The answer to the question “what is the best game engine?” isn’t simple. As I’ve said before, it all depends on what kind of project you’re building, what sort of resources you have to work with, and what kind of workflow you’re comfortable using. The best game engine, then, is the one you program yourself. In that situation, you define all of those things for yourself, in a way that is perfectly tailored to your project, your team, and your way of thinking.
The question you’ve inevitably got to ask yourself as you approach building your own game engine is “why would I do it if I have so many good options available?” It’s hard to justify re-inventing the wheel in a world where the likes of Unity3D, Game Maker, or UDK exist, or even when you consider the libraries available for this kind of thing in Flash. However, all of these options have shortcomings to take into account. Some of them are in terms of an engine’s power, some of them are in terms of organization or workflow, and some of them are deceptively a result of how broad the tools and scope of the engine are.
To really illustrate what I mean, I wish to use an art game I recently worked on with my friend, Marie Lazar. It’s called Reveal, you can find it here, and It was built in the Unreal Development Kit. In this game, players are tasked with escaping from a room, first by tearing magazines off the walls, then by tearing through wallpaper, then by smashing boards, pipes, and finally a layer of concrete. What I want to discuss specifically is the wallpaper layers.
What Marie intended was for each wallpaper to be a single plane spanning an entire wall, which could then dynamically tear into chunks and be ripped off when grabbed by the player. Cloth actors can be ripped and torn, but then how do you tell when every shred has been removed from the wall, IE when it’s been torn apart completely? Without being able to access the C++ code for cloth simulation, there simply is no way to do this. Additionally, the cloth simulation itself left something to be desired, as it could not be grabbed and manipulated by a physics handle. It could be if it were “anchored” to a skeletal mesh physics actor, but the cloth needed to be ripped free completely, and this has the effect of at least one portion of the cloth remaining stiff while the rest of it is limp. If you think of flags and banners, you know what I’m talking about. This is actually the intended use of cloth physics in Unreal and most engines; our use of it was strictly off-label in that it had to go completely limp.
In summary, the cloth physics were insufficient to perfectly capture Marie’s intent. We managed to get it “close enough” with a few work-arounds, like separating them into pre-torn strips, but it’ll never quite be “perfect.” Had we been coding the engine for this game ourselves, we’d have been able to program the cloth simulation to work to her exact specifications. We could keep a matrix of the vertices that were still in their proper places versus the ones that’re disconnected or “shredded.” We’d have been able to change the simulation’s parameters, including its collision and interaction with physics handles, however we wanted. Maybe most importantly, we could have eschewed a lot of unnecessary systems that Unreal has that we didn’t need, like certain aspects of Pawn physics, and diverted resources into the kinds of physics we wanted to have happen, resulting in a more focused performance from the game where it came to the extensive physics simulation with fewer hacky cheats.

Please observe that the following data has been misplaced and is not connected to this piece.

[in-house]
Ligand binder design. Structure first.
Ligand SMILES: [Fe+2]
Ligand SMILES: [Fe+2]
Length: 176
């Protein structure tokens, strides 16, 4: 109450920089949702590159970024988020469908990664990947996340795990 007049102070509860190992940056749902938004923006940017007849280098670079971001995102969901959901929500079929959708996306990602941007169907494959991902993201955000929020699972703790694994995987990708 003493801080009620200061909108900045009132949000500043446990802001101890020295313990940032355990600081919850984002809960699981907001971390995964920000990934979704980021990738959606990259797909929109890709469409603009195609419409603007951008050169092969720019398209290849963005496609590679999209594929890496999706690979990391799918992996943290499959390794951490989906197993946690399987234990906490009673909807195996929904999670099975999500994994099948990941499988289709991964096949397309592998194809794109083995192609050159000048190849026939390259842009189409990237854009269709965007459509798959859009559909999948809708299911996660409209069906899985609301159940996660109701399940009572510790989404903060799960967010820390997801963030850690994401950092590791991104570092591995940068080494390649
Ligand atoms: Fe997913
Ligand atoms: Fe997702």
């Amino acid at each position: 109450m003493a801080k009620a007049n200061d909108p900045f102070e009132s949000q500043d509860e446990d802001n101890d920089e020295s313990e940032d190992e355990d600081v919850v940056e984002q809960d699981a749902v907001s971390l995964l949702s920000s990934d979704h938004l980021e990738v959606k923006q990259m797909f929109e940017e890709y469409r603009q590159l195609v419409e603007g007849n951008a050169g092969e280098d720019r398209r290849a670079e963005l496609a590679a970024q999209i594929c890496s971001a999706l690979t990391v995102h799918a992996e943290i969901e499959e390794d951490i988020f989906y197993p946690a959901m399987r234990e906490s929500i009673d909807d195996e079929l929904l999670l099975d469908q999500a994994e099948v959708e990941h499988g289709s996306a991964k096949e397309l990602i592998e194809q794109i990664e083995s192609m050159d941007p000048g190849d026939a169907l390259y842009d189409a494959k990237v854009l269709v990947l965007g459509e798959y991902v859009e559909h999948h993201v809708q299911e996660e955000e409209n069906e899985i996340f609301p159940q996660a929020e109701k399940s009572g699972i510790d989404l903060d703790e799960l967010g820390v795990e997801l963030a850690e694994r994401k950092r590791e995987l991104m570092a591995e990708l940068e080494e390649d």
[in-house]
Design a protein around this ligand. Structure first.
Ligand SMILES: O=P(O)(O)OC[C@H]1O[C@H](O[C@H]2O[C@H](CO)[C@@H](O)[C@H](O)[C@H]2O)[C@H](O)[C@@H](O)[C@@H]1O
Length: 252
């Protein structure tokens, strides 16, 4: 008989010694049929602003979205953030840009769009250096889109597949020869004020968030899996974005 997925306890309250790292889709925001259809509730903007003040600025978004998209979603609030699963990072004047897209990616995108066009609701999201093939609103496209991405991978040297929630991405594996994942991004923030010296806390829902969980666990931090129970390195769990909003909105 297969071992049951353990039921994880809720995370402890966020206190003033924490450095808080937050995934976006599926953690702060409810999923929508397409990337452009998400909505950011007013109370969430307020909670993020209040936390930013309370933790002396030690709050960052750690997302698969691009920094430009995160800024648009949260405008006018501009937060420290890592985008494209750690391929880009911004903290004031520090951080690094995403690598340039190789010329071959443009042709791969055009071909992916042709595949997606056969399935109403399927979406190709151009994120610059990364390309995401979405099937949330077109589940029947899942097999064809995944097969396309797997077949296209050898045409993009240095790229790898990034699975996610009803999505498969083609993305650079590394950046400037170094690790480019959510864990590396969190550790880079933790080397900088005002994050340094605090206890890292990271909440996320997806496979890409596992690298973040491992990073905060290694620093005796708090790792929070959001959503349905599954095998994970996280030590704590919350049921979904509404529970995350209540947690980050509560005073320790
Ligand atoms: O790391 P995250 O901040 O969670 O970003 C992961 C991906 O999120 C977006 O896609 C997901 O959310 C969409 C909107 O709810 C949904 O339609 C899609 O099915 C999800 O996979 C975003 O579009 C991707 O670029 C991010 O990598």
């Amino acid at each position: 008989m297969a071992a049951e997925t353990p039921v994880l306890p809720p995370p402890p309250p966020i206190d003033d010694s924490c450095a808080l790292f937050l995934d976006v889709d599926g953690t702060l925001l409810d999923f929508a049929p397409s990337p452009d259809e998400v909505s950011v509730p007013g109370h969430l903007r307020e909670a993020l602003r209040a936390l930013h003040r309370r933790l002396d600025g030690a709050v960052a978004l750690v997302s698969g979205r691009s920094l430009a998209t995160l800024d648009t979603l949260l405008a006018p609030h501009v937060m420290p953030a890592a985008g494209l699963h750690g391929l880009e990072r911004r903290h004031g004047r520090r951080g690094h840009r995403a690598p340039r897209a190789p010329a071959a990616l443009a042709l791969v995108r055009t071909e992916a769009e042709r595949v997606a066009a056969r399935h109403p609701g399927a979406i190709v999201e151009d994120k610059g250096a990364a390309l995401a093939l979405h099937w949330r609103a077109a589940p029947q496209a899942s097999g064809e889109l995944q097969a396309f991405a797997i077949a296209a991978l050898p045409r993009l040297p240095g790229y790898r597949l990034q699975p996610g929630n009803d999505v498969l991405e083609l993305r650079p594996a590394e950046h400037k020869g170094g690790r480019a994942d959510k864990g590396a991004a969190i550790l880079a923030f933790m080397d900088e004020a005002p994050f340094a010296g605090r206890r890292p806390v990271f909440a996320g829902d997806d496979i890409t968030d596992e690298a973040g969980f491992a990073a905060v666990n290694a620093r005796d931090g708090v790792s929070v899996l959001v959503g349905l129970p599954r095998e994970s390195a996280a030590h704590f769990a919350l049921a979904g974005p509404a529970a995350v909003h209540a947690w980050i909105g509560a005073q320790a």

High-level tools like Unrealscript, Kismet, or LUA, though they can be quite powerful, are really just a shortcut for what you’ve already laid groundwork for — or in this case, groundwork you’re trusting someone’s laid for you. In the case of Reveal, building our own engine was simply out of the question as it would have entailed months of R&D and low-level graphics, physics, and tools programming that frankly neither Marie nor I were prepared to do, which is why we settled for “good enough” rather than “perfect.”
“Good enough” got the job done, and should be thought of rightly as a relative term. The fact is that these pre-packaged deals save quite a lot of time in reinventing the wheel on some super-low-level systems, rendering and collision especially, and for most established types of games that can be “perfect,” especially if you can adapt and aren’t overwhelmingly picky about execution. Plus, they’re stable. Think about programming your engine and doing usability testing for that while your designers are also trying to get work done with it, it’s not pretty or very practical.
What I’d like to put into perspective, though, is that “perfect” execution of an idea is a perfectly attainable solution with a clear path, that being the low-level control that C or C++ provides access to. This is provided you’ve got time, of course, which nobody ever does these days, as well as no small amount of low-level programming resources and skill, but it’s still an attainable goal that there’s many good reasons to seek. As a few examples of what I mean, think of the terrain editing tools and global lighting in CryEngine; think of the massive, persistent world state in The Elder Scrolls, and how it saves every individual object you can pick up with almost no effort on the part of level designers, even as you cross miles of territory; think of the huge variety of enemies you fight in Kingdom Hearts, and the kind of editor you’d need to quickly add and tailor hitboxes to their numerous, hyper-kinetic attacks. If you’ve got the foresight to plan what kind of game you’re building ahead of time and the skill to code it from the ground up, you can tailor the entire design pipeline to your specifications and make developing your content exactly as easy and as streamlined as you would like it to be. And that, friends, is why the best game engine, inevitably, is the one that you build specially for your project.